131 scanning. Distinguishing metastatic RCC from primary thyroid tumors can be difficult. FNA is effective, although it
can be misleading because of the presence of a clear cell component in both RCC and thyroid follicular carcinoma.
Differentiating primary thyroid carcinoma from metastatic disease is best achieved by immunohistochemical staining.
Surgical resection is the recommended management of patients with solitary metastatic disease from RCC. In many
instances, lobectomy and isthmectomy may be sufficient in cases of solitary metastasis. Bilateral metastasis typically
require total thyroidectomy. The survival time in patients with synchronous thyroid metastases is a mean of 8
months. In metachronous thyroid disease, the mean is 10 years, and the longer the time interval between the
diagnosis of RCC and the appearance of thyroid metastasis, the better the prognosis.
Mrs. M.J. is an 84 y/o Hispanic female who presented to
her primary care physician with an uncomfortable right-
sided thyroid nodule of 1 month duration. During the
initial work-up, the patient was sent for a FNA of the
nodule, which was reported as suspicious for papillary
thyroid carcinoma. She was sent to our surgical oncology
clinic for further care. The patient was asymptomatic
Her past medical history was consistent with D.M., HTN,
and left renal cell carcinoma. Surgical history was only
significant for a left radical nephrectomy, which was
performed in 1998. The patient is married. She is a non-
smoker and non-drinker. She is noted to be a Jehovah’s
Witness and would not accept blood transfusion if
Her physical exam demonstrated an approximately 0.5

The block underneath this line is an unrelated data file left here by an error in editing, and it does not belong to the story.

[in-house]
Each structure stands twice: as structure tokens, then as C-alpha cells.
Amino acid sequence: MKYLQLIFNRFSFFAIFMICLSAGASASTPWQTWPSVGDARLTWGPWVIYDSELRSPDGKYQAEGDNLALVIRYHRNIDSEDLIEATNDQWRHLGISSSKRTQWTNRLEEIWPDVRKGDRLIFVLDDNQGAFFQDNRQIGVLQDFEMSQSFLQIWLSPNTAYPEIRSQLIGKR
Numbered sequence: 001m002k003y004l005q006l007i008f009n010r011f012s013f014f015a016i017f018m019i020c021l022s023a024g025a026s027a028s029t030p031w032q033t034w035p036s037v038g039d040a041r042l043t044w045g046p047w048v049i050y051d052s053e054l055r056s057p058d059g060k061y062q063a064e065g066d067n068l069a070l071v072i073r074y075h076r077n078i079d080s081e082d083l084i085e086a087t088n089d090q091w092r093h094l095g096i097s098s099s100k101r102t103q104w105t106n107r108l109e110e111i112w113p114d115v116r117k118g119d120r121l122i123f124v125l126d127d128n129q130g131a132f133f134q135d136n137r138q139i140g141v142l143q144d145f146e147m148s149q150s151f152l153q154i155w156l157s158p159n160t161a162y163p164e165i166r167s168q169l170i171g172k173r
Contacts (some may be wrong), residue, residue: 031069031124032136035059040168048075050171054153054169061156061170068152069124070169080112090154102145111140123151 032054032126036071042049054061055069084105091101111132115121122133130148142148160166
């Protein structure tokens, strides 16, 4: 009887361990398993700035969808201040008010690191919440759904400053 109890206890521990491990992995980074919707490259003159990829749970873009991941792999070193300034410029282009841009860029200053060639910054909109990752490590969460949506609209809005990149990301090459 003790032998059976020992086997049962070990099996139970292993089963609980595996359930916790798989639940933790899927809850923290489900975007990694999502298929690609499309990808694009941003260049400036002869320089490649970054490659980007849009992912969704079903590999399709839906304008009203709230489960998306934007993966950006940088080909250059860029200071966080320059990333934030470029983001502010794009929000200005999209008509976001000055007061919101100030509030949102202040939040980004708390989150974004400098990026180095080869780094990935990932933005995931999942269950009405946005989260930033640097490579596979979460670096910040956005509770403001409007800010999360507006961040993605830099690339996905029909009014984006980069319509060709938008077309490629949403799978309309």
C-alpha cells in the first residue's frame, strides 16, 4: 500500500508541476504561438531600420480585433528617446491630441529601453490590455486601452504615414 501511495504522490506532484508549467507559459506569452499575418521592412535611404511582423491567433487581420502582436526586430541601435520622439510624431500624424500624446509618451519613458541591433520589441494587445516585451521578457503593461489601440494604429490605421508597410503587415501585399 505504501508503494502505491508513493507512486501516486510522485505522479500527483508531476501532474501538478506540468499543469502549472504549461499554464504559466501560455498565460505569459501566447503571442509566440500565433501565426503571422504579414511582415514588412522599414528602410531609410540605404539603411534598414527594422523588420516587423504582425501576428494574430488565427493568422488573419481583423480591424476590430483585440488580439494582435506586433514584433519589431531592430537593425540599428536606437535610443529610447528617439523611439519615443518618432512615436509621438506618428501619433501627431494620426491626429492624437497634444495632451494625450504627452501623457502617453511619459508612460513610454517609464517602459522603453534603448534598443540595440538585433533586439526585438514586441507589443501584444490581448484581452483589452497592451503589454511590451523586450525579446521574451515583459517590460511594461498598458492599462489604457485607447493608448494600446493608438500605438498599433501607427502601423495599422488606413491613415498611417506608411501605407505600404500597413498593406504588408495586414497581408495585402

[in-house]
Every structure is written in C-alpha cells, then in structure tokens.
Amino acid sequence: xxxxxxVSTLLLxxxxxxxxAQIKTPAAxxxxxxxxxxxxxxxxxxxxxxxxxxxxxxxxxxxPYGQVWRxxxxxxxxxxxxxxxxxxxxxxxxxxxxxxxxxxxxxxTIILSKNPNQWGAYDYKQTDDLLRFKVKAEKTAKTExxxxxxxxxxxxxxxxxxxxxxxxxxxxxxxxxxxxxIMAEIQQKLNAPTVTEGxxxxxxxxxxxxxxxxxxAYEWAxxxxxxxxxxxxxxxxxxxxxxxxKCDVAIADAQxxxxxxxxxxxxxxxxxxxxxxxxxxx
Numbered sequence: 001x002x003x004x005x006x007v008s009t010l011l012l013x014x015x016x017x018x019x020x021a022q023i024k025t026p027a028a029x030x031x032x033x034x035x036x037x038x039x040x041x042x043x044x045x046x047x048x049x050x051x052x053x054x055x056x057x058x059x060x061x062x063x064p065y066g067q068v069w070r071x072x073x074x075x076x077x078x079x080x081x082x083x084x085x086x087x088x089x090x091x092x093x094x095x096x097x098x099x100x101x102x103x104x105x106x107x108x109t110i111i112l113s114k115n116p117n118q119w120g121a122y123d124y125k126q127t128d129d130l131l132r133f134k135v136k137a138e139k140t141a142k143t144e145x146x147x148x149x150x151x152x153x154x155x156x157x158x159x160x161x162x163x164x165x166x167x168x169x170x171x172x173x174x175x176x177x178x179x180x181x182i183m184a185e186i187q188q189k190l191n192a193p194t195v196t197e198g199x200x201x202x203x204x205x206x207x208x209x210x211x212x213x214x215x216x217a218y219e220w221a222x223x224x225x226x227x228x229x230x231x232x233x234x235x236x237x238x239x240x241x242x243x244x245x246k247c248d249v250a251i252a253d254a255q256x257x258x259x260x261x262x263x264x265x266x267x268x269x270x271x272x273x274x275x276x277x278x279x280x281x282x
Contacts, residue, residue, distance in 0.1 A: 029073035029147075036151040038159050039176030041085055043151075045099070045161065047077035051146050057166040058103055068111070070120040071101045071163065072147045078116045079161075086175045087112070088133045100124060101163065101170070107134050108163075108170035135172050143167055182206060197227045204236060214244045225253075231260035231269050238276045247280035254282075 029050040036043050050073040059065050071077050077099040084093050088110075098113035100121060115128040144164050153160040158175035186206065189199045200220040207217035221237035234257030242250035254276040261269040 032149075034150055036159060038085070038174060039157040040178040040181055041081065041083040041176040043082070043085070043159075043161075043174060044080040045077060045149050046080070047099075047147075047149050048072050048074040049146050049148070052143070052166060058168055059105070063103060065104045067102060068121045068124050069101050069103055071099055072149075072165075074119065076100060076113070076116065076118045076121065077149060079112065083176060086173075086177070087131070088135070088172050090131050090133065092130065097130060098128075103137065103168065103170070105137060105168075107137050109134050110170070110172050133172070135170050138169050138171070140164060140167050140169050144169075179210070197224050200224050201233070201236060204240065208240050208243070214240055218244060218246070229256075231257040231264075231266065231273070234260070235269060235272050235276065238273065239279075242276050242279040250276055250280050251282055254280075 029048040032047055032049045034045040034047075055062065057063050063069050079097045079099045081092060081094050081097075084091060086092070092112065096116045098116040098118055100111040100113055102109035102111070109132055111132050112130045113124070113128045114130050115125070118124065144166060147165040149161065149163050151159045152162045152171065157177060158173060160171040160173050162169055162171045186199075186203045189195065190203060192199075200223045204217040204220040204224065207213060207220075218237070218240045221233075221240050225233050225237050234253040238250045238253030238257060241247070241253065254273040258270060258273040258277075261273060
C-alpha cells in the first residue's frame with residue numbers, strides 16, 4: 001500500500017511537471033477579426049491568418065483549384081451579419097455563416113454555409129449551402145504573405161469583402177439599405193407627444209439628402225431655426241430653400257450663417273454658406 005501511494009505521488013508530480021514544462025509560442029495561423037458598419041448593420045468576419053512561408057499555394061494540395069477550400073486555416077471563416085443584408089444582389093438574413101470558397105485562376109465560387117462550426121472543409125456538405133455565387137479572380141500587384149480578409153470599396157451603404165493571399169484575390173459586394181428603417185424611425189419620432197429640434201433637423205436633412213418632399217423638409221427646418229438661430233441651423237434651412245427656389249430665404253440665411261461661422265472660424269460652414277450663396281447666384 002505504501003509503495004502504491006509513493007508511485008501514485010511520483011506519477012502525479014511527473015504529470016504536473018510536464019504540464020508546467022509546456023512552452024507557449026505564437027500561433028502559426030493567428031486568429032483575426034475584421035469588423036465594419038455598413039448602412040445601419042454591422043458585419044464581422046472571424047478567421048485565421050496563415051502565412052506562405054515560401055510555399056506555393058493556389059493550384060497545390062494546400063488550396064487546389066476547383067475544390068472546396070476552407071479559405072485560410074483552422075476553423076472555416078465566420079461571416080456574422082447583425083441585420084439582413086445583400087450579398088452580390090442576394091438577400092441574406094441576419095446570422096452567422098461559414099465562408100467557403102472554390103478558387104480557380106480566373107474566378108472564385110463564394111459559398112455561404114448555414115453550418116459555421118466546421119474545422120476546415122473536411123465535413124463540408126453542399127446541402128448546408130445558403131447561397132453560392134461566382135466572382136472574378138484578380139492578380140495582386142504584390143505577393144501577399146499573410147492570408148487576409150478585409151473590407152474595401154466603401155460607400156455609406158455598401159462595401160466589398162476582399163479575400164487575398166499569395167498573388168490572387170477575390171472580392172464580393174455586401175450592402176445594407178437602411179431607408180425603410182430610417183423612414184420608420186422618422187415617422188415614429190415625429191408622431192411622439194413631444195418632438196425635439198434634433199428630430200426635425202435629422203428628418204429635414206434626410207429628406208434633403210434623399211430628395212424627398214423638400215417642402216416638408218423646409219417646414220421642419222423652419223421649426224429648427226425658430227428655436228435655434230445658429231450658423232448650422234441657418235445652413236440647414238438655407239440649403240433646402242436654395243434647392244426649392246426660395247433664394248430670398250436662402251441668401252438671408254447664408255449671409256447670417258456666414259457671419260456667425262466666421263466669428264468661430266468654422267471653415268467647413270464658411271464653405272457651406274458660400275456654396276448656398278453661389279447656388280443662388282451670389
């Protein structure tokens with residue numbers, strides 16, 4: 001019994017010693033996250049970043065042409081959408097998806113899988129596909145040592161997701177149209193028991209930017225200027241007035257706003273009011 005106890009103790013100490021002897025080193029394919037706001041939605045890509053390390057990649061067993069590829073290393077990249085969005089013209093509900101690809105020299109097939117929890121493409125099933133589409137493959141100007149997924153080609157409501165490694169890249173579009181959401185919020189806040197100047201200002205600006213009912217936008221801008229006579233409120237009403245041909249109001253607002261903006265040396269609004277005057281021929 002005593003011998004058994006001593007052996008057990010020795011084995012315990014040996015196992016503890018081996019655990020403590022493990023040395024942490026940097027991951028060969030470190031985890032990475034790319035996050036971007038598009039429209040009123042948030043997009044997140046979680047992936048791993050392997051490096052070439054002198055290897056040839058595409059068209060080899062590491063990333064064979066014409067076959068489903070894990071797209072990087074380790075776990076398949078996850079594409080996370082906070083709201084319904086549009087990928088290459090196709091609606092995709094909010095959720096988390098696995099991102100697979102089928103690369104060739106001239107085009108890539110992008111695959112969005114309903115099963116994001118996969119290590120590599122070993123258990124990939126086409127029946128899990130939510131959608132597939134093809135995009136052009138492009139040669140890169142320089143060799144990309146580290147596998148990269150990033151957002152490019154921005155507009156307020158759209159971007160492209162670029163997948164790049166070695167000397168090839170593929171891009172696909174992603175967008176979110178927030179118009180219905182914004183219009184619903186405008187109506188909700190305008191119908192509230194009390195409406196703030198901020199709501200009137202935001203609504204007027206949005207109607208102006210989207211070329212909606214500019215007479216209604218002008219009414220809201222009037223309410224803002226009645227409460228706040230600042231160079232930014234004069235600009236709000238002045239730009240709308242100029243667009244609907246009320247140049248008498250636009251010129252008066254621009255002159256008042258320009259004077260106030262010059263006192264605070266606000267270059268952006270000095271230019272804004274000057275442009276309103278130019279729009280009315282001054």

cm, firm, palpable right thyroid nodule. Her thyroid
function tests were normal. Based on these findings, the
diagnosis of thyroid carcinoma was made, and the patient
was scheduled for right thyroid lobectomy with frozen
The patient was taken to the operating room at
NSUCOM/Larkin Community Hospital. The tumor was
resected with the use of the NIM device and frozen
sections were obtained. Frozen sections at the time of
surgery were reported as papillary thyroid carcinoma,
consistent with previous reports. Total thyroidectomy was
performed with minimal blood loss and no complications.
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Metastatic Renal Cell Carcinoma Presenting as a
Joshua Simon, DO, PGY-1, Philip Pack, DO, PGY-2, Quoc Dang, DO, PGY-1, Michael Kambour, MD, and Mohammad Masri, MD (NSUCOM/ Larkin
Community Hospital General Surgery Residency Program Director)
C. Immunoperoxidase CD-10 to confirm renal cell
B. Permanent section from total thyroidectomy
showing renal cell carcinoma.
A. Frozen section from thyroidectomy
showing renal cell carcinoma.
D. Thyroid transcription factor -1 stain used to
help confirm the tissue is not from the thyroid.
Fifteen years after left radical nephrectomy.
Two weeks after total thyroidectomy.
RCC is a unique tumor with an unpredictable and non-
discriminatory route of spread. Our case report adds to the
expanding literature of latent thyroid metastasis from RCC
many years after nephrectomy. Therefore, it is important to
think about the possibility of metastatic RCC in patients with
a previous nephrectomy and a thyroid nodule. If metastatic
RCC is limited to the thyroid only, surgical resection offers
the ability to cure stage IV disease.